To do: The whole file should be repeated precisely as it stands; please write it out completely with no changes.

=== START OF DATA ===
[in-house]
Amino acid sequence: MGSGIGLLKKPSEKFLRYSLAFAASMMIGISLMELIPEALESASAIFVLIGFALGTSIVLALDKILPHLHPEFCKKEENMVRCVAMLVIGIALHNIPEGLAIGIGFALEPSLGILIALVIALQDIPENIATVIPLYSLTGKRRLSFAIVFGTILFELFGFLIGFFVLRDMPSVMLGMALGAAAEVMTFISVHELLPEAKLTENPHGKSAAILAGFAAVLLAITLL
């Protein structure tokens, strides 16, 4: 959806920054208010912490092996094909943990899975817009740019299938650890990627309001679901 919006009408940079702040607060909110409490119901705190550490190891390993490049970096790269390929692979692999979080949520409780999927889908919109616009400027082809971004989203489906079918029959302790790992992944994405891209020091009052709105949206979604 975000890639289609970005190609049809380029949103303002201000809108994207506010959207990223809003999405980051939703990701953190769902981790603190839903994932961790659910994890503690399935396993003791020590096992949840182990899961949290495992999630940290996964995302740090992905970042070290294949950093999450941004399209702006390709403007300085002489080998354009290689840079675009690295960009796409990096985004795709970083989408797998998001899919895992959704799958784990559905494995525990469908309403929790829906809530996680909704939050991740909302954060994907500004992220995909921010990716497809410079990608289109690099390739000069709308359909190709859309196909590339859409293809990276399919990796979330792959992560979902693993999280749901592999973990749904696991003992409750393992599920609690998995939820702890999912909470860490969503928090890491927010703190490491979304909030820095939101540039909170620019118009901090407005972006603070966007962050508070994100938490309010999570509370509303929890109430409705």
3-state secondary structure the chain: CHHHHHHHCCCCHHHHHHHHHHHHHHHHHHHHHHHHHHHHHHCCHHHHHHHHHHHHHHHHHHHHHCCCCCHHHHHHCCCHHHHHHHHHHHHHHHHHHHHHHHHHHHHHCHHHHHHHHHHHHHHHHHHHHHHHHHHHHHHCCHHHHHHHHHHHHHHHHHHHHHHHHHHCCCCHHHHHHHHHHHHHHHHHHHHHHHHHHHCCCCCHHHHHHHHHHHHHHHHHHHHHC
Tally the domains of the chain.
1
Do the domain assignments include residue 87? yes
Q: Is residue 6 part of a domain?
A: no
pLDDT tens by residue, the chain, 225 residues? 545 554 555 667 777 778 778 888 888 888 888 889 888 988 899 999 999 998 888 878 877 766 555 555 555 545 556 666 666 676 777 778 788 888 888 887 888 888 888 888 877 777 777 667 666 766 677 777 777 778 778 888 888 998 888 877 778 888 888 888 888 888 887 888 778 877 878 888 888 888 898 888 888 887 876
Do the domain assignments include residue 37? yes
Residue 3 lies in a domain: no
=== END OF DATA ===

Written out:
[in-house]
Amino acid sequence: MGSGIGLLKKPSEKFLRYSLAFAASMMIGISLMELIPEALESASAIFVLIGFALGTSIVLALDKILPHLHPEFCKKEENMVRCVAMLVIGIALHNIPEGLAIGIGFALEPSLGILIALVIALQDIPENIATVIPLYSLTGKRRLSFAIVFGTILFELFGFLIGFFVLRDMPSVMLGMALGAAAEVMTFISVHELLPEAKLTENPHGKSAAILAGFAAVLLAITLL
């Protein structure tokens, strides 16, 4: 959806920054208010912490092996094909943990899975817009740019299938650890990627309001679901 919006009408940079702040607060909110409490119901705190550490190891390993490049970096790269390929692979692999979080949520409780999927889908919109616009400027082809971004989203489906079918029959302790790992992944994405891209020091009052709105949206979604 975000890639289609970005190609049809380029949103303002201000809108994207506010959207990223809003999405980051939703990701953190769902981790603190839903994932961790659910994890503690399935396993003791020590096992949840182990899961949290495992999630940290996964995302740090992905970042070290294949950093999450941004399209702006390709403007300085002489080998354009290689840079675009690295960009796409990096985004795709970083989408797998998001899919895992959704799958784990559905494995525990469908309403929790829906809530996680909704939050991740909302954060994907500004992220995909921010990716497809410079990608289109690099390739000069709308359909190709859309196909590339859409293809990276399919990796979330792959992560979902693993999280749901592999973990749904696991003992409750393992599920609690998995939820702890999912909470860490969503928090890491927010703190490491979304909030820095939101540039909170620019118009901090407005972006603070966007962050508070994100938490309010999570509370509303929890109430409705």
3-state secondary structure the chain: CHHHHHHHCCCCHHHHHHHHHHHHHHHHHHHHHHHHHHHHHHCCHHHHHHHHHHHHHHHHHHHHHCCCCCHHHHHHCCCHHHHHHHHHHHHHHHHHHHHHHHHHHHHHCHHHHHHHHHHHHHHHHHHHHHHHHHHHHHHCCHHHHHHHHHHHHHHHHHHHHHHHHHHCCCCHHHHHHHHHHHHHHHHHHHHHHHHHHHCCCCCHHHHHHHHHHHHHHHHHHHHHC
Tally the domains of the chain.
1
Do the domain assignments include residue 87? yes
Q: Is residue 6 part of a domain?
A: no
pLDDT tens by residue, the chain, 225 residues? 545 554 555 667 777 778 778 888 888 888 888 889 888 988 899 999 999 998 888 878 877 766 555 555 555 545 556 666 666 676 777 778 788 888 888 887 888 888 888 888 877 777 777 667 666 766 677 777 777 778 778 888 888 998 888 877 778 888 888 888 888 888 887 888 778 877 878 888 888 888 898 888 888 887 876
Do the domain assignments include residue 37? yes
Residue 3 lies in a domain: no